What's the Big Deal? Stative Christianity vs. Dynamic Discipleship

Guest Blogger Brendon R. Witte

Some who are reading this may understand the following statement intimately: of the dozens of classes I took in seminary, the language classes—Hebrew and Greek—were the most difficult and time-consuming. It is very challenging to learn a new language, which is the reason why electronic helps like Rosetta Stone sell so well. But when you succeed, you not only understand how the new language works, you also have a better understanding of your native language. That is why my English skills were poor until I completed my Hebrew and Greek courses (though, I must admit, I still have plenty of room for improvement).

dynamicIt was in my first Greek class that I learned the difference between “stative” and “dynamic” verbs. Stative verbs are used to refer to a condition or state that is typically static or unchanging. Dynamic verbs (sometimes called “action verbs”), on the other hand, are used to refer to actions. Greek is not the only language that has verbs under these classifications; English has stative and dynamic verbs as well.


Stative Verbs

Dynamic Verbs

“to be”

“to love”

“to like”

“to believe”

“to hit”

“to throw”

“to run”

“to hug”

  As you can see, verbs like “to love” and “to like” are stative because they describe the state of a person, place, or thing, whereas “to throw” and “to hug” are dynamic because they refer to the action of a person, place, or thing. What does this discussion of grammar have to do with discipleship? I suggest that this understanding of the difference between stative and dynamic verbs can help us comprehend better the difference between “Christians” and “disciples.” “Christian” was not a title of which the members of the first century A.D. Church were fond. The appellation is only used three times in the New Testament (Acts 11:26; 26:28; 1 Pet 4:16), all on the lips of outsiders. It was a derogatory term used to cause division not only between Christians and Jews, but also between Christians and the Romans who inflicted capital punishment on Christ (worshipping as God someone who was crucified insulted the Roman legal system). Ironically, though, the word “Christian” is a designation of which modern believers are proud. It appears in the names of our churches, schools, and sports associations. We display it on our shirts, cars, key-chains, and social media “walls.” We want people to know, first and foremost, that we are Christians. The negative nuance of the designation has faded away; “Christian” is simply a verbal way to make public one’s belief that Jesus was and is God, the Savior of man and the Lord of the universe. Therefore, “Christian” is a stative label. That is, it describes one’s state of being; a Christian is in the state of believing Christ is Lord. No progressive actions are implied by the designation. A Christian merely is a Christian. “Disciple,” meanwhile, is a term that implies action. The English word “disciple” is a translation of the Greek mathetes, the word from which we have derived the term “mathematics.” It could also be translated “learner” or “student.” In a secular sense, it designates one who actively learns, through hearing and practice, the teaching of his or her teacher. The biblical understanding of the appellation, however, is much more complex. To borrow from Dr. Gallaty, with minor modification, a disciple is one who “is intentionally equipped with the Word of God through accountable relationships that are empowered by the Holy Spirit in order to produce Christ-likeness.” At the core, a disciple is not one who is in a static state of being, but one who continually grows and develops. As Christians, we believe Christ is Lord. As disciples, we live in light of his lordship and are actively conformed to the image of Christ through our actions and the sanctification of the Holy Spirit. Christ is our teacher, and by interacting with him through the written Word and prayer we identify ourselves as more than mere followers—Christians—but as disciples like the Twelve. Hence, “Christian” is a stative term, whereas “disciple” is a dynamic term. To put it in the most simplistic form: a Christian believes, whereas a disciple does. I sincerely hope that my readership is made up of Christians. But I’m sure that there are several reading this post that are not disciples. Are you a static—or perhaps stagnant—Christian? Or are you more than a mere Christ-follower? Are you a disciple who is actively conforming yourself and being conformed through the Spirit into the image of Christ, and, just as importantly, are you teaching others to do likewise? Go, therefore, and be a dynamic disciple rather than a stative Christian!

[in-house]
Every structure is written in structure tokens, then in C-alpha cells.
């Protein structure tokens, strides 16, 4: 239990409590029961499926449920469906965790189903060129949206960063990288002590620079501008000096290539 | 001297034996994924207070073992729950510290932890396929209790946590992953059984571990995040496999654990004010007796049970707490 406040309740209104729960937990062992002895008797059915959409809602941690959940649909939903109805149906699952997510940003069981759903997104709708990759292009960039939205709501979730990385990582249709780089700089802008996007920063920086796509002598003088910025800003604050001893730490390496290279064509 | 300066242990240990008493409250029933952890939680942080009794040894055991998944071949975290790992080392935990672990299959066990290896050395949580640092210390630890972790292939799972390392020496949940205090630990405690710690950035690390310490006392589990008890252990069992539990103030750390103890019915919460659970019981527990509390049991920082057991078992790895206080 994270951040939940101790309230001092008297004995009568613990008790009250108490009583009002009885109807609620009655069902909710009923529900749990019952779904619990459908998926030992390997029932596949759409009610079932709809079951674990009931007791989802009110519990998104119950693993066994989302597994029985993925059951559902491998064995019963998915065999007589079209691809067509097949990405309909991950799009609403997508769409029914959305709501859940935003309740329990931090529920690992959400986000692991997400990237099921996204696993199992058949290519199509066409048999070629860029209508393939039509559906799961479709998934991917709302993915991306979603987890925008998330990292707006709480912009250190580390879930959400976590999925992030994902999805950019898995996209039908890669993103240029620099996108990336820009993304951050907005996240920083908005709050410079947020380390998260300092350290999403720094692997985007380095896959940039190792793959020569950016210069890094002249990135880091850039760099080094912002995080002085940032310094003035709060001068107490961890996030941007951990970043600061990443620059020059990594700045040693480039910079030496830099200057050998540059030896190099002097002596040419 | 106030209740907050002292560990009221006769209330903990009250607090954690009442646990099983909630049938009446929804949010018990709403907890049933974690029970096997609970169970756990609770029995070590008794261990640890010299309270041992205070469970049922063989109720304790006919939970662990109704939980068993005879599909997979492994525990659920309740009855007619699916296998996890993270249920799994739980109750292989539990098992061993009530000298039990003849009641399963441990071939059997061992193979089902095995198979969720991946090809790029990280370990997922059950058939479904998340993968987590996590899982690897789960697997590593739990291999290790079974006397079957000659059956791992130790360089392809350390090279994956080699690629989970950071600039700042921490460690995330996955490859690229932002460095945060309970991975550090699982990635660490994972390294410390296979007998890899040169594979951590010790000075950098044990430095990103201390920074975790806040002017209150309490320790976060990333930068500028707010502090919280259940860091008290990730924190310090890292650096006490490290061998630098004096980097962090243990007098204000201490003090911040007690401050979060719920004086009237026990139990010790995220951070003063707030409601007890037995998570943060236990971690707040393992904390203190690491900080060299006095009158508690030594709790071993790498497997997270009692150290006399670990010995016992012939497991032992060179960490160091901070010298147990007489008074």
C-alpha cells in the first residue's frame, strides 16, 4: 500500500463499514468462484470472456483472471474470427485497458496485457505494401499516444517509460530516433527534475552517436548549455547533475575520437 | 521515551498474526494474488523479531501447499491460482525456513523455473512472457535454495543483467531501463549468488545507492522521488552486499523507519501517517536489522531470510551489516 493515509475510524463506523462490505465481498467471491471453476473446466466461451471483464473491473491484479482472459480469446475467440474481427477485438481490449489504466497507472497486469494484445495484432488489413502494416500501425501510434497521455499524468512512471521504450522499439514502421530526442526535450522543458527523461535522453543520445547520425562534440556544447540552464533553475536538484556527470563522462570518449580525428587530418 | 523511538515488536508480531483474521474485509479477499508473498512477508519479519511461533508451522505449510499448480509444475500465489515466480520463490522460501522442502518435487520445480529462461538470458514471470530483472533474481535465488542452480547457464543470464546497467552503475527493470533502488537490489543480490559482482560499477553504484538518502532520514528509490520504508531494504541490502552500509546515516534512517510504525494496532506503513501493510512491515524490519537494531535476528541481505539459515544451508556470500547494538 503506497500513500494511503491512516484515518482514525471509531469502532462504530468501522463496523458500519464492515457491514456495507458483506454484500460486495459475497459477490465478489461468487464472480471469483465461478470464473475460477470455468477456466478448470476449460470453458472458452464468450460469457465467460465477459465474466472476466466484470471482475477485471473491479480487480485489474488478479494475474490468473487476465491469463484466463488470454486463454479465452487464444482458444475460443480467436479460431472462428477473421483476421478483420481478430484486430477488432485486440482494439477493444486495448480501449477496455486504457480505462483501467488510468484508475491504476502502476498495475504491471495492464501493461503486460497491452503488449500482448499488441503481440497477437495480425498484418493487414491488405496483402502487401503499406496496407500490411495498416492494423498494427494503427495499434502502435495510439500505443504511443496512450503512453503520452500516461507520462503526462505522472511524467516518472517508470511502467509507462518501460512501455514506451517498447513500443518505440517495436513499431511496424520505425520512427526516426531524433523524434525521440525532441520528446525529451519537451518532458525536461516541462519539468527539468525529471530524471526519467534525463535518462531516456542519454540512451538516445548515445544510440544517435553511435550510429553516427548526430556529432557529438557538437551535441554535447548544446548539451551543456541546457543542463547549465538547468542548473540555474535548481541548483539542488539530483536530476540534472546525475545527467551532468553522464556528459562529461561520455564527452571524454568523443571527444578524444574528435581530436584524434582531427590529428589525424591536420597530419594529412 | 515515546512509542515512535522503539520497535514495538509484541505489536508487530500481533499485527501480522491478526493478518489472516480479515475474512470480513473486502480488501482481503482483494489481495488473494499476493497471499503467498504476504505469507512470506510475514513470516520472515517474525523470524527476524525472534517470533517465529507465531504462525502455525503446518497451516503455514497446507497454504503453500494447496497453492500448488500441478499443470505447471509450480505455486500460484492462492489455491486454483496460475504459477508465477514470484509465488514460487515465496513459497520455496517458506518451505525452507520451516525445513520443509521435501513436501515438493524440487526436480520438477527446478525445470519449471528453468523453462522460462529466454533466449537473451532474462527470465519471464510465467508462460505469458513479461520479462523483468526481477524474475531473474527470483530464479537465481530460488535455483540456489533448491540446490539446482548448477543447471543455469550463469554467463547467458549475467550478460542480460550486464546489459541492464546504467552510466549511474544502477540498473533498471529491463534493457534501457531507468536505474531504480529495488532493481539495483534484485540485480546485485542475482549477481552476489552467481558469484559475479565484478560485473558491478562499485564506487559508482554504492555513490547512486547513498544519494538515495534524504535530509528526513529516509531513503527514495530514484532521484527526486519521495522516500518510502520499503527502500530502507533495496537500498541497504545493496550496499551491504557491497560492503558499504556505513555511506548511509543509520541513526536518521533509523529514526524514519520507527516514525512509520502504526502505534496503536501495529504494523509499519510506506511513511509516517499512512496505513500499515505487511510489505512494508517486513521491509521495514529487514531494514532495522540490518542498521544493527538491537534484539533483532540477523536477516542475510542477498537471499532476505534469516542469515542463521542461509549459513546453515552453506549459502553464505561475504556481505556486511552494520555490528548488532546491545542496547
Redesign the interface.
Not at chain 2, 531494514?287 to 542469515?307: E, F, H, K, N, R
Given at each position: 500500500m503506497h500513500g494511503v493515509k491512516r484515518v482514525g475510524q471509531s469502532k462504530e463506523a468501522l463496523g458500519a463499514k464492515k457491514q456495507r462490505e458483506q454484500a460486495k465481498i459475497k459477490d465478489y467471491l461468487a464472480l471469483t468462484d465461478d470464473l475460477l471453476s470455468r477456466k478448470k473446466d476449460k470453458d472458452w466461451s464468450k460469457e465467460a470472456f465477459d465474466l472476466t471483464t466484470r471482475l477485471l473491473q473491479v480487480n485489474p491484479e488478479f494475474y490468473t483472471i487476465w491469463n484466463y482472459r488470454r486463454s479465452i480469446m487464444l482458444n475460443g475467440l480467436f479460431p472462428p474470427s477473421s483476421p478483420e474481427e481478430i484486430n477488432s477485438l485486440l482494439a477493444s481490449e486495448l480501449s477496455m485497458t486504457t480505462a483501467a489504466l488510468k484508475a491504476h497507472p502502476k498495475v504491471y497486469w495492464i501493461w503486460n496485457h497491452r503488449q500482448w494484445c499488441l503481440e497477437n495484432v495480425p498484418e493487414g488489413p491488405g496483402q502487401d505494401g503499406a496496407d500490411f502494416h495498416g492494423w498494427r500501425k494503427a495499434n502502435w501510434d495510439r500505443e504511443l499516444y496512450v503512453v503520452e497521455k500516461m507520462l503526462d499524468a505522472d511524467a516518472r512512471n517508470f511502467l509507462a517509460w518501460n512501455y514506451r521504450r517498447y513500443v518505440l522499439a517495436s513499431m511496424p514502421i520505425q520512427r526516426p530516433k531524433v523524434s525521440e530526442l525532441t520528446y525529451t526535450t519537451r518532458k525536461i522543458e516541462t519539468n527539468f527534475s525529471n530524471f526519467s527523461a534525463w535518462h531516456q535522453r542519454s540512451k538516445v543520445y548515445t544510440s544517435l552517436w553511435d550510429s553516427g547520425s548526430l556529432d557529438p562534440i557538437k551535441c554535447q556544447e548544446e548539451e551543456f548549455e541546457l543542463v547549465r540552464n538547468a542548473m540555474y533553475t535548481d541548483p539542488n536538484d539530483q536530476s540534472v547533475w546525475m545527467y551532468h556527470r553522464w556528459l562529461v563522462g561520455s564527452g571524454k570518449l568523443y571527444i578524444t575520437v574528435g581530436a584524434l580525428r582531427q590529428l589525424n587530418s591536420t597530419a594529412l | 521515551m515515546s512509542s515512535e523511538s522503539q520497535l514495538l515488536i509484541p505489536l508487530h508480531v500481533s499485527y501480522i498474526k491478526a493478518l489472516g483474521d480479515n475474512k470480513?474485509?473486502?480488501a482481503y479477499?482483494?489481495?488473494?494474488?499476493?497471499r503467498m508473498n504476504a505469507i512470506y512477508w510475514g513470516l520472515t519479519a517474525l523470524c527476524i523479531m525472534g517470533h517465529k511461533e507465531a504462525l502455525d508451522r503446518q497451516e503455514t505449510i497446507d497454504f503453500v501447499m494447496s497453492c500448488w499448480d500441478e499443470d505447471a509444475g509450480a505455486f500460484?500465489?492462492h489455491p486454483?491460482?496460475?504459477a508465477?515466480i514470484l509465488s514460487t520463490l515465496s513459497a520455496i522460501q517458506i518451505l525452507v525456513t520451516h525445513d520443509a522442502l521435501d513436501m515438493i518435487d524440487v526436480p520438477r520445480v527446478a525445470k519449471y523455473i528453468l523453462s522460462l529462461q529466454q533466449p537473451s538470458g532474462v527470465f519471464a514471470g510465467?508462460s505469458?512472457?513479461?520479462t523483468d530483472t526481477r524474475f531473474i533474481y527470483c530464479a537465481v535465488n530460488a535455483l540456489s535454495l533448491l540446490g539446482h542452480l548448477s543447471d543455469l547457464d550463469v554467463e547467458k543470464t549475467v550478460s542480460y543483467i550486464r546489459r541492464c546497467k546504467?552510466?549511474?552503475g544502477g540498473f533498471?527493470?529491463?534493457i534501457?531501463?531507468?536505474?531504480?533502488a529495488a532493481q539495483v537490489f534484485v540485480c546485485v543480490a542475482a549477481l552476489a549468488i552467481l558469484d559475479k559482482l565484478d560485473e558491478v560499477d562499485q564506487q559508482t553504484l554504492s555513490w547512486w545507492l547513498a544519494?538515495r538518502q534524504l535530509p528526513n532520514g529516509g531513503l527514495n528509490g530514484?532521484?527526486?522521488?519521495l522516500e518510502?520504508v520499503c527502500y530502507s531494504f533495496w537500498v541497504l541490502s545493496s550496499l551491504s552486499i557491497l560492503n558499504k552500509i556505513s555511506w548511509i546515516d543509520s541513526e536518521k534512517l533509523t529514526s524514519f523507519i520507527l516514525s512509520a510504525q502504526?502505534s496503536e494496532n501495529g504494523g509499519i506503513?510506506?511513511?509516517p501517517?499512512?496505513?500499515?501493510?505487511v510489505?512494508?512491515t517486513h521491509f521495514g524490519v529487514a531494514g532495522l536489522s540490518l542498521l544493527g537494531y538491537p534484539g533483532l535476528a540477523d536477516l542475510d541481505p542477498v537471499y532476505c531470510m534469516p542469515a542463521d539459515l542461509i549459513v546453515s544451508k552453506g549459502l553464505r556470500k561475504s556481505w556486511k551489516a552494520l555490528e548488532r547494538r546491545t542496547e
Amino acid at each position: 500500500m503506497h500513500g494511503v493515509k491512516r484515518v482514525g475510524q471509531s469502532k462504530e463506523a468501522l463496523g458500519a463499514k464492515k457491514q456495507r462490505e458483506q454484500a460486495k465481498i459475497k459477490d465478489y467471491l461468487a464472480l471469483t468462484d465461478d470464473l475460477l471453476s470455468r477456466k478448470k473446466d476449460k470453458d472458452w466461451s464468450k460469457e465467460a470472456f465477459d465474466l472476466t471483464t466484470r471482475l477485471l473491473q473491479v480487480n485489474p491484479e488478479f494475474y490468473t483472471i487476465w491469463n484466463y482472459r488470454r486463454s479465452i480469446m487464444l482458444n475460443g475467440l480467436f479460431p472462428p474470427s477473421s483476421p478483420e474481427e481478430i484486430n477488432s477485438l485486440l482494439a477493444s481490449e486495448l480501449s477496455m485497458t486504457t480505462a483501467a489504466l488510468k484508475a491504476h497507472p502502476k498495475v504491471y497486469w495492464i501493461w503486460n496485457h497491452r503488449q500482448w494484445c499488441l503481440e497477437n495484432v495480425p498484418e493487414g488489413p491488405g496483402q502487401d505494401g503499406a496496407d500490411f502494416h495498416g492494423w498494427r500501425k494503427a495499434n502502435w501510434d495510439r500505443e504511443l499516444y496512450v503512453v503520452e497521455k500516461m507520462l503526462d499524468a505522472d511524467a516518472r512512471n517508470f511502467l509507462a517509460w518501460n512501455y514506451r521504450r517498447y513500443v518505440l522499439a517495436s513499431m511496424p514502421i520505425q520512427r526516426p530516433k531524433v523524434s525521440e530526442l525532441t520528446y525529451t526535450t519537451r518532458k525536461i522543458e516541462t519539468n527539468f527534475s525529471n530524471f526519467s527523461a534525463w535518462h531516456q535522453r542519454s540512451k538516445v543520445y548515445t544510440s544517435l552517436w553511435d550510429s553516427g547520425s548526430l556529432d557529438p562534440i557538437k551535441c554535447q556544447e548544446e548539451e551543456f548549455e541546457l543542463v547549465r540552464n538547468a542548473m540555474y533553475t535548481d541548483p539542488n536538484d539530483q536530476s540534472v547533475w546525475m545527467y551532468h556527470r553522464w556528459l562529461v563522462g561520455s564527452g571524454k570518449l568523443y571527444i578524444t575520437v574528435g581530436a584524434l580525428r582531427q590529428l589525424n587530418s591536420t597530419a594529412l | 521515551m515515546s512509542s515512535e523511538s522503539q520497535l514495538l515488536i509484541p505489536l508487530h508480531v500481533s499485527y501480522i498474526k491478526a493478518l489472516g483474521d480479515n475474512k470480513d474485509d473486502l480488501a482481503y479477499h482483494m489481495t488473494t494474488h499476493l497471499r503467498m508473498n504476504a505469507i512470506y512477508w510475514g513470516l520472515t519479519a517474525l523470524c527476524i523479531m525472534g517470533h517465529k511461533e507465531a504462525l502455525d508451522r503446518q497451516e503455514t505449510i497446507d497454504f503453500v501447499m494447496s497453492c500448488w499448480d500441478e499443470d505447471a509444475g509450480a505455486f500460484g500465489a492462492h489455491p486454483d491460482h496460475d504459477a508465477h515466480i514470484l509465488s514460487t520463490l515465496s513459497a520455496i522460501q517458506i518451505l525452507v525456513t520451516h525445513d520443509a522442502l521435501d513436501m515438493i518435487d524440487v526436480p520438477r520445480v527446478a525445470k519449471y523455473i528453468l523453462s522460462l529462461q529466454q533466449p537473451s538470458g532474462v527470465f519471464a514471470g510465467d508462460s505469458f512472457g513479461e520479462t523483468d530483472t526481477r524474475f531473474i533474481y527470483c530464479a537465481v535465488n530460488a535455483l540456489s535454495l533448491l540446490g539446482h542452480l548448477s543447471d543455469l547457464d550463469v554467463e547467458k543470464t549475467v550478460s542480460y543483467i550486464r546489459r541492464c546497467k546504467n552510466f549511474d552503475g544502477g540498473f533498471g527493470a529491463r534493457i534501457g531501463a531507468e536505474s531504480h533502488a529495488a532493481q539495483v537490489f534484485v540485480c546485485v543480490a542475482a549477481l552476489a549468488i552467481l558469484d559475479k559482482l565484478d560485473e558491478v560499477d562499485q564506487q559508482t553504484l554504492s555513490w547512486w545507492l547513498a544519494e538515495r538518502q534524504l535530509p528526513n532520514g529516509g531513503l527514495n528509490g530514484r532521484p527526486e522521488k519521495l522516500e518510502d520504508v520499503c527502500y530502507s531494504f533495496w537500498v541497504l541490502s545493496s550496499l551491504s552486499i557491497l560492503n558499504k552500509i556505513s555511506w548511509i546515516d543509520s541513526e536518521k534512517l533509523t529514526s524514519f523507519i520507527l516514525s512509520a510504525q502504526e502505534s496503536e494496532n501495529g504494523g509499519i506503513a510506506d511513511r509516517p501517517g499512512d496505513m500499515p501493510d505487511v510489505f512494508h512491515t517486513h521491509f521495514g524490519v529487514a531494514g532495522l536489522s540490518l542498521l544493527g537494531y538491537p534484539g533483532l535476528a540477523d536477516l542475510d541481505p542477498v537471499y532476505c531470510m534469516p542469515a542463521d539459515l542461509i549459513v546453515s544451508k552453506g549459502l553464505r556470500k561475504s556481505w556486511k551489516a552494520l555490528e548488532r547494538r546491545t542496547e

Brendon R. Witte is a Ph.D. Candidate at the University of Edinburgh.